A day in the life of a financial analyst

One of the more demanding, yet rewarding, career options in the financial services industry is financial analyst. But, exactly, what does a financial analyst do on a day-to-day basis? The answer to this question largely depends on the analyst’s level of experience.

Key takeaways

  • Financial analysts can work long hours, usually either researching and updating financial models or working on networking.
  • Junior financial analysts typically have less than three years of experience and spend most of their time gathering information and updating financial models.
  • Senior analysts, those with three or more years of experience, spend most of their time reviewing work, developing investment opinions, and networking with clients.
  • An analyst’s day-to-day activities depend on factors such as the revenue calendar, the senior analyst’s marketing calendar, and whether or not research projects are ongoing.

While younger analysts tend to do a lot of data gathering, financial modeling, and spreadsheet maintenance, more senior analysts prepare investment papers, speak with company management teams and other investors, and do marketing. Spend time on ideas (if they are on sale). – side). Let’s take a closer look at a day in the life of a junior and senior financial analyst.

Junior Analyst: 0-3 years of experience

During the first few years of a financial analyst’s career, expect to spend most of his time gathering relevant data, updating comparative spreadsheets and financial models, and reading relevant news and industry publications. can. The purpose of these activities is to develop a solid foundational understanding of a particular business, sector, or industry.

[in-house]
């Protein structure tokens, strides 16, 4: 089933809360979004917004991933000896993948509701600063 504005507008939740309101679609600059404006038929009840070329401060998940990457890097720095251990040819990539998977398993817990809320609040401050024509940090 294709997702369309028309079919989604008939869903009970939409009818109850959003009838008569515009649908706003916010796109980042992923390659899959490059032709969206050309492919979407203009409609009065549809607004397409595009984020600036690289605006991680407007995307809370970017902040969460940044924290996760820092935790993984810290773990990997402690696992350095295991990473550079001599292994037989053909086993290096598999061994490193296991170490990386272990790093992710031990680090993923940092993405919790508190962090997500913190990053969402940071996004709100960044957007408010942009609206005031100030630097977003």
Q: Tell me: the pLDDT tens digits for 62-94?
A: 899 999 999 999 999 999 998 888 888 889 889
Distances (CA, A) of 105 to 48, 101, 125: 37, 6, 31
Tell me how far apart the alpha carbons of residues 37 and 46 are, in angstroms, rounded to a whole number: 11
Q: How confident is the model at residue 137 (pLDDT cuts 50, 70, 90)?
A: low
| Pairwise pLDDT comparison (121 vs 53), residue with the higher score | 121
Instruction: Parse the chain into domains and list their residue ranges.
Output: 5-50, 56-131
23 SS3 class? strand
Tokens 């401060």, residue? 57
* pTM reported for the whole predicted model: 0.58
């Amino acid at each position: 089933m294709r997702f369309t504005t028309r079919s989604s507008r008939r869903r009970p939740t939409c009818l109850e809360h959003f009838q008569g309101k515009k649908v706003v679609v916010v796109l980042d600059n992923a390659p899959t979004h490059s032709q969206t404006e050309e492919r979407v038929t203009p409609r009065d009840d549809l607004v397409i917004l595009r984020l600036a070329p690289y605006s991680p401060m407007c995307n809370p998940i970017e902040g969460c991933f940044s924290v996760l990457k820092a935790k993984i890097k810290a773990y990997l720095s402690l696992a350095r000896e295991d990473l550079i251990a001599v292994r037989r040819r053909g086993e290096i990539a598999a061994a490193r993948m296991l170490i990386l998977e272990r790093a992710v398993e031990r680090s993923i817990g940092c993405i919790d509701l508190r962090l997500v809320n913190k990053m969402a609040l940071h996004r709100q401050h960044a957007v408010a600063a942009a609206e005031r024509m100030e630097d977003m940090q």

Additionally, many young analysts spend a portion of their time studying for professional and licensing exams, such as the Chartered Financial Analyst (CFA) exams, and the Series 7 and Series 63 licenses. Although position titles vary among firms, the title “junior analyst” is generally used to describe a financial analyst with less than three years of experience.

Senior Analyst: 3+ years of experience

Once a junior analyst has acquired a certain level of industry expertise and developed a reasonably strong network of contacts, their professional responsibilities include using data to develop investment opinions. I change. Additionally, a senior analyst spends a lot of time building relationships with industry and company contacts and marketing the team’s work. Mentoring is also an important component of a senior analyst’s day-to-day responsibilities.

Despite the differences in the professional responsibilities of a junior and senior analyst, there are similarities in the flow of their days. Here, we bring you a day in the life of a financial analyst.

A day in the life of a financial analyst

5:30 am—Check related news.
Junior and Senior Analysts: Check the news to see if there are any overnight news releases related to the team’s coverage universe, or any market-moving events.